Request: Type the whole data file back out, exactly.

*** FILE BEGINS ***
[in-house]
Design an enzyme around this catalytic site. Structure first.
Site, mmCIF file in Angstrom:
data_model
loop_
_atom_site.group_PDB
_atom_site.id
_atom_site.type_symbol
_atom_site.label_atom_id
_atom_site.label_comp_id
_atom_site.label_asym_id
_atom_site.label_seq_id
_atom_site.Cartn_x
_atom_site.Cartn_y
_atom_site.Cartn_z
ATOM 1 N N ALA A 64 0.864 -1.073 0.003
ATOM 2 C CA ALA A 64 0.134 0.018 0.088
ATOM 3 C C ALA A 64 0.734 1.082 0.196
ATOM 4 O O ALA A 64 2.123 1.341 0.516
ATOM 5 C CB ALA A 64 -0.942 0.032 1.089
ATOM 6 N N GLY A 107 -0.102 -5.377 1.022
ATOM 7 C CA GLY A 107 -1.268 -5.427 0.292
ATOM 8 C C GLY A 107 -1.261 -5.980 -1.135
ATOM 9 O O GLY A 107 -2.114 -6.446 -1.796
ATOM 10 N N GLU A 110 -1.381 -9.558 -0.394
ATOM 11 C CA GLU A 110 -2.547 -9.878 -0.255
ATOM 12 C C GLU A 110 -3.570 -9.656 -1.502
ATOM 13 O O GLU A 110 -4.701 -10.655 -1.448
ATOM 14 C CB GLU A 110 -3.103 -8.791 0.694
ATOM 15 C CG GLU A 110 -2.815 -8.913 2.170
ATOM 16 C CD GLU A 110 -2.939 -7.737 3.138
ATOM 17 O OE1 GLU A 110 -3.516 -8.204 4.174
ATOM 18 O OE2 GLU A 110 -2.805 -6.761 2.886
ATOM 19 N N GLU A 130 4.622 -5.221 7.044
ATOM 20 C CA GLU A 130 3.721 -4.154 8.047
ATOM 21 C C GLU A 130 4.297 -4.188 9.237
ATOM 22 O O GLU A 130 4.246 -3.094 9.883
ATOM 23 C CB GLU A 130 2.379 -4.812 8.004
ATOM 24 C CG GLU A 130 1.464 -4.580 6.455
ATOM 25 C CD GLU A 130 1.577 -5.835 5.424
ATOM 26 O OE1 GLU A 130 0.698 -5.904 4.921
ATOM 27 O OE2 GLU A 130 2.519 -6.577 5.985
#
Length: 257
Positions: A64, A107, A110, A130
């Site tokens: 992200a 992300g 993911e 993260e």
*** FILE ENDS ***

[in-house]
Design an enzyme around this catalytic site. Structure first.
Site, mmCIF file in Angstrom:
data_model
loop_
_atom_site.group_PDB
_atom_site.id
_atom_site.type_symbol
_atom_site.label_atom_id
_atom_site.label_comp_id
_atom_site.label_asym_id
_atom_site.label_seq_id
_atom_site.Cartn_x
_atom_site.Cartn_y
_atom_site.Cartn_z
ATOM 1 N N ALA A 64 0.864 -1.073 0.003
ATOM 2 C CA ALA A 64 0.134 0.018 0.088
ATOM 3 C C ALA A 64 0.734 1.082 0.196
ATOM 4 O O ALA A 64 2.123 1.341 0.516
ATOM 5 C CB ALA A 64 -0.942 0.032 1.089
ATOM 6 N N GLY A 107 -0.102 -5.377 1.022
ATOM 7 C CA GLY A 107 -1.268 -5.427 0.292
ATOM 8 C C GLY A 107 -1.261 -5.980 -1.135
ATOM 9 O O GLY A 107 -2.114 -6.446 -1.796
ATOM 10 N N GLU A 110 -1.381 -9.558 -0.394
ATOM 11 C CA GLU A 110 -2.547 -9.878 -0.255
ATOM 12 C C GLU A 110 -3.570 -9.656 -1.502
ATOM 13 O O GLU A 110 -4.701 -10.655 -1.448
ATOM 14 C CB GLU A 110 -3.103 -8.791 0.694
ATOM 15 C CG GLU A 110 -2.815 -8.913 2.170
ATOM 16 C CD GLU A 110 -2.939 -7.737 3.138
ATOM 17 O OE1 GLU A 110 -3.516 -8.204 4.174
ATOM 18 O OE2 GLU A 110 -2.805 -6.761 2.886
ATOM 19 N N GLU A 130 4.622 -5.221 7.044
ATOM 20 C CA GLU A 130 3.721 -4.154 8.047
ATOM 21 C C GLU A 130 4.297 -4.188 9.237
ATOM 22 O O GLU A 130 4.246 -3.094 9.883
ATOM 23 C CB GLU A 130 2.379 -4.812 8.004
ATOM 24 C CG GLU A 130 1.464 -4.580 6.455
ATOM 25 C CD GLU A 130 1.577 -5.835 5.424
ATOM 26 O OE1 GLU A 130 0.698 -5.904 4.921
ATOM 27 O OE2 GLU A 130 2.519 -6.577 5.985
#
Length: 257
Positions: A64, A107, A110, A130
């Site tokens: 992200a 992300g 993911e 993260e």